2008 May 31 | Everglades, Sanibel

Ever stop to think that if the universe really is a Matrix-like program, some of the parts must take up a ton of processing power, like reflections of moving, curved objects? Or maybe it's just me.

For the Jeep radio presets, you press "1" twice to get "6," "2" twice for "7," and so on, but I can never remember the upper numbers. If the twice-press presets were doubled or squared or had a "0" after them or something, it would be really easy to remember, but I have to stop and think to add 5 to the shown number.

For example, "3" twice is "8." If "4" twice were "8," I could remember that easily, but the current way I have to add in my head, although I've started to memorize them. Actually, I just think of the double-press presets as "1 up" or "1^" or "1 prime" or something instead of the actual number.

This was less-than-wonderful customer service. I was placing my order in the drive-through and it was obvious the woman taking the order wasn't following me very well; I had to repeat a lot of it. I like honey with my nuggets, and that's one thing they tend to mess up a lot, so I mentioned honey a few times. Then when I got to the window, I mentioned it again.

When I got my order, I asked if there was honey, and she said, "Yeah." I checked before driving away, and sure enough, she put BBQ sauce in there. So I looked in the window to another cashier, who looked at my cashier, and then my cashier came back with honey. Now that's what really annoyed me. She obviously knew she hadn't actually put honey in there; otherwise she wouldn't have gone and gotten them without me asking again. And she wasn't running to the window saying, "Sorry, I forgot you wanted honey instead." So she got my order wrong, lied to me about it, and then didn't care.

All of the mini-malls are set way back from the streets with parking lots filled with trees in front of them, so it's almost impossible to see which stores are where while you're driving by. Therefore, unless you know exactly which block a store is on, you'll probably have to drive in lot by lot to find it.

I needed to make a U-turn here. The red light was on the other side of the railroad tracks, so I thought about just driving across the tracks instead of waiting for the light to turn green. I ended up debating the pros and cons of doing so until the light turned green and my dilemma didn't need to be resolved any more.

The lights had just turned green. The tow truck was almost all the way in front of the cross walk just from creeping ahead during the red light. Although, since there are a few more pedestrians around here than in Texas, the red creeping isn't quite as bad here.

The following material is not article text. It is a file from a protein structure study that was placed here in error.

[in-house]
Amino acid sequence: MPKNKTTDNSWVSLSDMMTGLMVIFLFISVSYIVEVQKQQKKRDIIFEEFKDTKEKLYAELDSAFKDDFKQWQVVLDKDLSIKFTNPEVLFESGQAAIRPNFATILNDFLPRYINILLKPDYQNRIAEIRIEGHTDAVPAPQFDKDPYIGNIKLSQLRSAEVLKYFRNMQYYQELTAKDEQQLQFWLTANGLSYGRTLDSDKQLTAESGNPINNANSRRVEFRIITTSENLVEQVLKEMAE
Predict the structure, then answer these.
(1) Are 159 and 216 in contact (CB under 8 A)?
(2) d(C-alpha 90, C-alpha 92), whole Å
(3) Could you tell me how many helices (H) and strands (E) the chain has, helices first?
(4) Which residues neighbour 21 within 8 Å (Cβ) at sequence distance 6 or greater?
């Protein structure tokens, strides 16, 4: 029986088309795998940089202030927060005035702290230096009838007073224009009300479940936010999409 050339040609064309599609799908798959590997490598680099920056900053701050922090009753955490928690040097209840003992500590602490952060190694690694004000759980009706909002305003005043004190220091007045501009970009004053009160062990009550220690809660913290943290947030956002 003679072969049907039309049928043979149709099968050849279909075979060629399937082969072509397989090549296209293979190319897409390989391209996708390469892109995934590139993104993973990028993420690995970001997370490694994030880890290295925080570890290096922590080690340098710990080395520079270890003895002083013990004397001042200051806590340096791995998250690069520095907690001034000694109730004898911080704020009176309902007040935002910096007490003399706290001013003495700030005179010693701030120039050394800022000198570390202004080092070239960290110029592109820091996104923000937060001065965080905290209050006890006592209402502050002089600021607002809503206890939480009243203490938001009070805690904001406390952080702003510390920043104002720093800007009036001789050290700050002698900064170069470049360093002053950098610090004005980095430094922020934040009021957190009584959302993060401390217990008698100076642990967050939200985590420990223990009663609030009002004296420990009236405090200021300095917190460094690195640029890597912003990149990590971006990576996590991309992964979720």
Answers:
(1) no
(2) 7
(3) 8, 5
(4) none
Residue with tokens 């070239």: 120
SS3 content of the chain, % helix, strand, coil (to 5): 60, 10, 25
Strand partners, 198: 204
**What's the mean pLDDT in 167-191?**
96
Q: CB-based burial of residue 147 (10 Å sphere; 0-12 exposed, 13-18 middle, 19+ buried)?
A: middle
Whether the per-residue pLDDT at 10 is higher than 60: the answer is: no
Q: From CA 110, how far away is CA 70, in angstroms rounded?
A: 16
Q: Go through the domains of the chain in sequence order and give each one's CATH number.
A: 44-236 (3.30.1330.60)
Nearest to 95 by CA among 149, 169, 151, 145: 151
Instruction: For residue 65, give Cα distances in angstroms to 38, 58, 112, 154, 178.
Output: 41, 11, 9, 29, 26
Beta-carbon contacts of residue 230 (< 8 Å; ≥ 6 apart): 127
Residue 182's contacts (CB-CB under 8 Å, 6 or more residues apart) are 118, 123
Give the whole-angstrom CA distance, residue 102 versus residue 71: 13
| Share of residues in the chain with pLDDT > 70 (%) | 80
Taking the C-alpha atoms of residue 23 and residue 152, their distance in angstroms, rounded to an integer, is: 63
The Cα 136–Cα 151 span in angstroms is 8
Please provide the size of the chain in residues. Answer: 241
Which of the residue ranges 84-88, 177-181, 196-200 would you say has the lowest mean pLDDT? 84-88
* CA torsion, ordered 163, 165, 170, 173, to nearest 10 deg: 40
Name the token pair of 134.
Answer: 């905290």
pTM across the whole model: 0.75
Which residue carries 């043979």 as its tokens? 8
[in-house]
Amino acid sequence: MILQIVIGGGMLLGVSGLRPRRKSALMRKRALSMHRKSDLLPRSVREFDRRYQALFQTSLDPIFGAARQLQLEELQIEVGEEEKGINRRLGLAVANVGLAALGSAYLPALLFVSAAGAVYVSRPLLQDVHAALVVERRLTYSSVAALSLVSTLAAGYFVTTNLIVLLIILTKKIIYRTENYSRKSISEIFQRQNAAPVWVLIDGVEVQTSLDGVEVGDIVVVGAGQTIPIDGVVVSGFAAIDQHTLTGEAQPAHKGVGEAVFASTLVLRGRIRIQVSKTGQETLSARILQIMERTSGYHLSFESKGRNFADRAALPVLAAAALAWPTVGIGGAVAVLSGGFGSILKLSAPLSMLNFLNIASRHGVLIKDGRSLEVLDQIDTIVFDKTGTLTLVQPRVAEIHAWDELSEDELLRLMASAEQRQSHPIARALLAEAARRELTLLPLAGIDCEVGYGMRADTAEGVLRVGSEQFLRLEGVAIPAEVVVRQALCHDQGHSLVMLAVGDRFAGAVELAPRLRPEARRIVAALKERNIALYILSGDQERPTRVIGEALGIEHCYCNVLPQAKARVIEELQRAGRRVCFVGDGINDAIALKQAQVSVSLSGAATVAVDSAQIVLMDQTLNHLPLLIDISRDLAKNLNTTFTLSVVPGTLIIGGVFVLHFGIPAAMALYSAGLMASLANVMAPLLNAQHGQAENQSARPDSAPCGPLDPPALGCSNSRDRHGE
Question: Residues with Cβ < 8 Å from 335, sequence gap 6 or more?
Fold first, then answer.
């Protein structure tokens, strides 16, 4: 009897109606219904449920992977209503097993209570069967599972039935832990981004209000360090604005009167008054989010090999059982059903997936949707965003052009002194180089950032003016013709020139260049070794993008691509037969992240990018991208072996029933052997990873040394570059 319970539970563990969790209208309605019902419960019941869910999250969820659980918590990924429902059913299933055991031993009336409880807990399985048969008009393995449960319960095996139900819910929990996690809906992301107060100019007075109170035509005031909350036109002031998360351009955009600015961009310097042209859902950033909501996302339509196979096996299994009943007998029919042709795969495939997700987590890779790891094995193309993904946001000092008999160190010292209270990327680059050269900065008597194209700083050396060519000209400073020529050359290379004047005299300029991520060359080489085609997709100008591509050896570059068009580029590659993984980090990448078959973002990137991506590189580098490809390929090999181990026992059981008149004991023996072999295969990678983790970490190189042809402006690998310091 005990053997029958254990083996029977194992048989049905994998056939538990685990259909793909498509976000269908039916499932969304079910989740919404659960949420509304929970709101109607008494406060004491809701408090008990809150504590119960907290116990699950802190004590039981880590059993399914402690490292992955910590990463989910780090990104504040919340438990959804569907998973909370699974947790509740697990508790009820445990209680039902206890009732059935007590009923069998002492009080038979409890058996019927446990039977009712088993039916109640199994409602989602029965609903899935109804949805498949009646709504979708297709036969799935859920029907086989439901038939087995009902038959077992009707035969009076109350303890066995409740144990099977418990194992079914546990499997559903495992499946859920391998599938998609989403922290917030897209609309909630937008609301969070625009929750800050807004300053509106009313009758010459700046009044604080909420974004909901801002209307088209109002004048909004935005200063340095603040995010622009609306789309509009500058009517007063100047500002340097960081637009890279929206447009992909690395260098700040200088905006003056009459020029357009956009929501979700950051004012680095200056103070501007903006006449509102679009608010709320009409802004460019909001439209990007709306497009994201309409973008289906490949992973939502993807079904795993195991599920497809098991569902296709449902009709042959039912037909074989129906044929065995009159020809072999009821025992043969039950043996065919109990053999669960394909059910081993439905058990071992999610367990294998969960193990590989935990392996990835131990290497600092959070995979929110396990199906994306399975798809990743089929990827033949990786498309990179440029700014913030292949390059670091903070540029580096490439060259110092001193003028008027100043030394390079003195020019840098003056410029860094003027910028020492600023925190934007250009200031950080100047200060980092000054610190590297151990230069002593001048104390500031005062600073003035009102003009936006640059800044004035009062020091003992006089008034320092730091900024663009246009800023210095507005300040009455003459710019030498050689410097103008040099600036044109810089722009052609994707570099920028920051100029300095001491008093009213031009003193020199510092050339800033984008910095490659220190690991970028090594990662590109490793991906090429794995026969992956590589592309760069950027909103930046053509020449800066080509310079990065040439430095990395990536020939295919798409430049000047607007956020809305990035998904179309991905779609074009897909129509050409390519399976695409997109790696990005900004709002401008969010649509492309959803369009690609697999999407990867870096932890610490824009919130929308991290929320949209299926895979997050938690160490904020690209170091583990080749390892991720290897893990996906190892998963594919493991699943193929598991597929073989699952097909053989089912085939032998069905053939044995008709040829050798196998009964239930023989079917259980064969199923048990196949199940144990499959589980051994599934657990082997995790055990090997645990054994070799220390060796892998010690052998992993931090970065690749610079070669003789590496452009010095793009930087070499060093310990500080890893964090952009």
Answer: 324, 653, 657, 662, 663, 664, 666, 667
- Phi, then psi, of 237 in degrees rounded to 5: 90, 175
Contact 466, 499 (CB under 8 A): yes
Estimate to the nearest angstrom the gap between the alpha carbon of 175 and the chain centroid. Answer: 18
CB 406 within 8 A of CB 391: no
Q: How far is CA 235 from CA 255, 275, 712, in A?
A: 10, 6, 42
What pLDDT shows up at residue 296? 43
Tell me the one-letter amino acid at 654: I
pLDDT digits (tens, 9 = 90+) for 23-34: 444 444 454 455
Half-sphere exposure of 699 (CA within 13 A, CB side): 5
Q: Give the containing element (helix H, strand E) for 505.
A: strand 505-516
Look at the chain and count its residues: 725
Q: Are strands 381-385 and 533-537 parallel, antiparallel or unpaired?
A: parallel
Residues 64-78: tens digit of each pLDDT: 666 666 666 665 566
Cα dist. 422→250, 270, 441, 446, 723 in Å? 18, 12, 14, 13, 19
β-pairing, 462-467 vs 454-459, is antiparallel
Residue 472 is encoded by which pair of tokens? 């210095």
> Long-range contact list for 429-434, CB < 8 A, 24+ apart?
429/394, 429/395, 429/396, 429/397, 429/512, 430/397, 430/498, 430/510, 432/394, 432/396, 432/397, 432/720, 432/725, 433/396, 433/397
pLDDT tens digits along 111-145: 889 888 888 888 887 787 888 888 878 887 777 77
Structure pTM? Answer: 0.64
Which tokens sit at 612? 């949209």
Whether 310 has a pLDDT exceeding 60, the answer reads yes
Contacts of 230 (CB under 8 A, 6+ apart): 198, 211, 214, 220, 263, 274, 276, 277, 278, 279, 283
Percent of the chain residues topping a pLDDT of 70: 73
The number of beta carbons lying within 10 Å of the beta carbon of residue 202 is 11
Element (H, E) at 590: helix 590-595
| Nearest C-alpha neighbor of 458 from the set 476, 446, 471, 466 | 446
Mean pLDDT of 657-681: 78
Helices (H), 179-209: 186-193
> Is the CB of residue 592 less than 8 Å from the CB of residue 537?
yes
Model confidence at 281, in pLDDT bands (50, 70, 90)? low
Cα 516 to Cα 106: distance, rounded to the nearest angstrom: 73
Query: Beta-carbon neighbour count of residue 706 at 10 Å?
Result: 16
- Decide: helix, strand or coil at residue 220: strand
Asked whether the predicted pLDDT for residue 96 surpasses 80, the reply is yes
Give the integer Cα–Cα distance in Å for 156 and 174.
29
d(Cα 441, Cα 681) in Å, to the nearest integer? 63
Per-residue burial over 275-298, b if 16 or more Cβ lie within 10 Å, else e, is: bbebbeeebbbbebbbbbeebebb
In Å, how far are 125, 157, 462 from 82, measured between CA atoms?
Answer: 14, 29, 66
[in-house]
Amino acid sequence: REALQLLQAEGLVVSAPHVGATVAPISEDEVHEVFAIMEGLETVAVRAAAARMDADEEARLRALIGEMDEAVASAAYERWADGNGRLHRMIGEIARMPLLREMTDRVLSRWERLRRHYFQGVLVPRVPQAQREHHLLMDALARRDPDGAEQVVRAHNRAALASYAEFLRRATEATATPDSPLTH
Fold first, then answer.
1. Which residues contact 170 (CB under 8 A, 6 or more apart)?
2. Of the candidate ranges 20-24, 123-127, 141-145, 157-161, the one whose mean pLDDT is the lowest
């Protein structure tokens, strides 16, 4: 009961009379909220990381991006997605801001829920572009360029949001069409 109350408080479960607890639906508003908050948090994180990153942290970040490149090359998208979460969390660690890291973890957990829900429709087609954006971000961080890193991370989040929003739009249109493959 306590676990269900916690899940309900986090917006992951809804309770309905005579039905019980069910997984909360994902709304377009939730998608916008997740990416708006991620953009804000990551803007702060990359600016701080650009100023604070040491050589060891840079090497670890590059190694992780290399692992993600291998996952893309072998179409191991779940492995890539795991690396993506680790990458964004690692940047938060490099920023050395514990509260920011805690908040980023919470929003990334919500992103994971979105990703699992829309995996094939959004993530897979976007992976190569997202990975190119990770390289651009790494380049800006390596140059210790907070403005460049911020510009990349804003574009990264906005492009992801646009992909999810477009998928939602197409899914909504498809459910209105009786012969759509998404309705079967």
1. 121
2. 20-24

I went to the Everglades for part of a day. I was thinking of taking an air-boat tour, but they didn't last very long and I ended up changing my plans anyway.

Well, I should say I went to a tiny part of the Everglades, because it's gigantic, and I only went into the little tiny loop in the middle at the top. Although I did drive all the way across the top eventually, I didn't get down to the lower parts or any of the inner sections.

I considered walking the 15-mile loop at Shark Valley visitor's center, and I wasn't sure how definite the trails would be, so I was fairly prepared. I had Gatorade, trail mix, sunglasses, a cell phone (which surprising still picked up a signal), sunscreen, bug spray, and, most importantly, a compass. All of which I ended up leaving in the car because I took a trolley tour instead and there weren't any other trails other than the paved one.

Baby alligators. Crocodiles are saltwater, so you would only see them at the southern section of the Everglades.

A wet section. As our tour guide told us, it's not a swamp (which has stagnant water), it's actually a very wide river because the water moves slowly.

An area with trees. There were actually a fair number of different types of trees, but each clump had the same type of trees.

Some areas with trees are about five feet higher than the surrounding area, so that's a whole different type of ecosystem.

One of the man-made pools. This one is in the shape of an L. The others are I, F, and E.

This was our tour guide. She was really great and you could tell she just loved her job. There were a few times she got all excited about getting really close to a particular bird and whipped out her gigantic camera. Her she's showing us the skeleton of an alligator which was eaten by a boa constrictor. The boa could digest the head, but not the rest of the bones, so it regurgitated those.

At the end of the loop was an observation tower.

This section of lake had an alligator at the far end, a bird on the lower-right, and some turtles on the rock.

A long-distance view from the obervation tower.

This crow was on a lower section of the tower when we arrived. As we got closer, he kept hopping up to higher sections until he got to the top, which was blocked off from us. I thought I would prove human's superiority by making him fly away eventually, but I was stopped by a little chain.

The pits are called "borrow pits" because the roads were made from dirt "borrowed" from them.

A borrow pit with a ton of alligators.

A bird with a bright beak.

An alligator right by the side of the road. The tour guide said to yell if it started to hiss, open its mouth, or come towards the trolley, but thankfully it just sat there. I didn't really want to try to kick an alligator away from the trolley while it tried to eat my foot.